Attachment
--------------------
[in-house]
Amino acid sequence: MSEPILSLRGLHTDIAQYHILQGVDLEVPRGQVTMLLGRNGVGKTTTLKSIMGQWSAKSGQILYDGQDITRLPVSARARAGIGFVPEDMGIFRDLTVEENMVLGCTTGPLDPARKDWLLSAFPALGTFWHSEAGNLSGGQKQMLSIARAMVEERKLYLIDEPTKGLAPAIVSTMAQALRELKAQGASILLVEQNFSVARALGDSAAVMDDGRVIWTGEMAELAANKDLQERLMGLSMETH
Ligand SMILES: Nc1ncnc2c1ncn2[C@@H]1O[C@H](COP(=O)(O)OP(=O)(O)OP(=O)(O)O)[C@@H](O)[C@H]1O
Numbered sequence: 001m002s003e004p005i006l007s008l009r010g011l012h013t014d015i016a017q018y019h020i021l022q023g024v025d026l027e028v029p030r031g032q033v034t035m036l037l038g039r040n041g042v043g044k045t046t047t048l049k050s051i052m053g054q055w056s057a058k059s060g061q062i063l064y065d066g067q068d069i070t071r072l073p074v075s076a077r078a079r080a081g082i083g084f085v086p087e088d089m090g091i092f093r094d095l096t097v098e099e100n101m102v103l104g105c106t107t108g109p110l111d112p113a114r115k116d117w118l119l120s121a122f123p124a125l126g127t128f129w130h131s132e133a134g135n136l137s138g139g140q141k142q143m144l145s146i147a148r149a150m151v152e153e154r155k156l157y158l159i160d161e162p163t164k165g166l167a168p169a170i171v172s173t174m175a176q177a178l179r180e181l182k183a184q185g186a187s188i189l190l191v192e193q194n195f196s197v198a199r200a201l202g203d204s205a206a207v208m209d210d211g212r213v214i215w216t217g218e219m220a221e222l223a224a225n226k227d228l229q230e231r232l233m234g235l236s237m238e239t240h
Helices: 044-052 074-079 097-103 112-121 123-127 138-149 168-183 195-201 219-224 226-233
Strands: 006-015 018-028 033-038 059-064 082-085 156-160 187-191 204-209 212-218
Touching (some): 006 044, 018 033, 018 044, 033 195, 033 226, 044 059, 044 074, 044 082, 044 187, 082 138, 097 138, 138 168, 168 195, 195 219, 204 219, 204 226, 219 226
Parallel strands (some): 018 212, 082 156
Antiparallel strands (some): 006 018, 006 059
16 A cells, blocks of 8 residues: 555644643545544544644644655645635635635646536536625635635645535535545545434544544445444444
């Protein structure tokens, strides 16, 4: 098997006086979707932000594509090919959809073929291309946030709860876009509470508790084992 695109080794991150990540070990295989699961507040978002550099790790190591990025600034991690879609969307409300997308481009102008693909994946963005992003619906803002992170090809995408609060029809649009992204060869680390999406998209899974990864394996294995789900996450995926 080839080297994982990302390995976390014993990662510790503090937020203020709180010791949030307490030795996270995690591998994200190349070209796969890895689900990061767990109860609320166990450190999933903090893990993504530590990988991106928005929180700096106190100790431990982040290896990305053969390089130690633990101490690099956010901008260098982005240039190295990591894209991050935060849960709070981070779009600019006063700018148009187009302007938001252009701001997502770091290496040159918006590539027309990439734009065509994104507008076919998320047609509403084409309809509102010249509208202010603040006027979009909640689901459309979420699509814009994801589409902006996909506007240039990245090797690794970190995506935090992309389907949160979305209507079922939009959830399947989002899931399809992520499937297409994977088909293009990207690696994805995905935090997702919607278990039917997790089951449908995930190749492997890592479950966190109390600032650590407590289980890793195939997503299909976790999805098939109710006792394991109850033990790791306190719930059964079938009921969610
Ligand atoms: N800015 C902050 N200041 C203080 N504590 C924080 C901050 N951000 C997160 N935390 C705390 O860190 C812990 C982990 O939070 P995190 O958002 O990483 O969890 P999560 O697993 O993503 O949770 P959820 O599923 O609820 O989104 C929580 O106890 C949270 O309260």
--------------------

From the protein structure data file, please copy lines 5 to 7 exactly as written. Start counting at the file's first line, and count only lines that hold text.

Helices: 044-052 074-079 097-103 112-121 123-127 138-149 168-183 195-201 219-224 226-233
Strands: 006-015 018-028 033-038 059-064 082-085 156-160 187-191 204-209 212-218
Touching (some): 006 044, 018 033, 018 044, 033 195, 033 226, 044 059, 044 074, 044 082, 044 187, 082 138, 097 138, 138 168, 168 195, 195 219, 204 219, 204 226, 219 226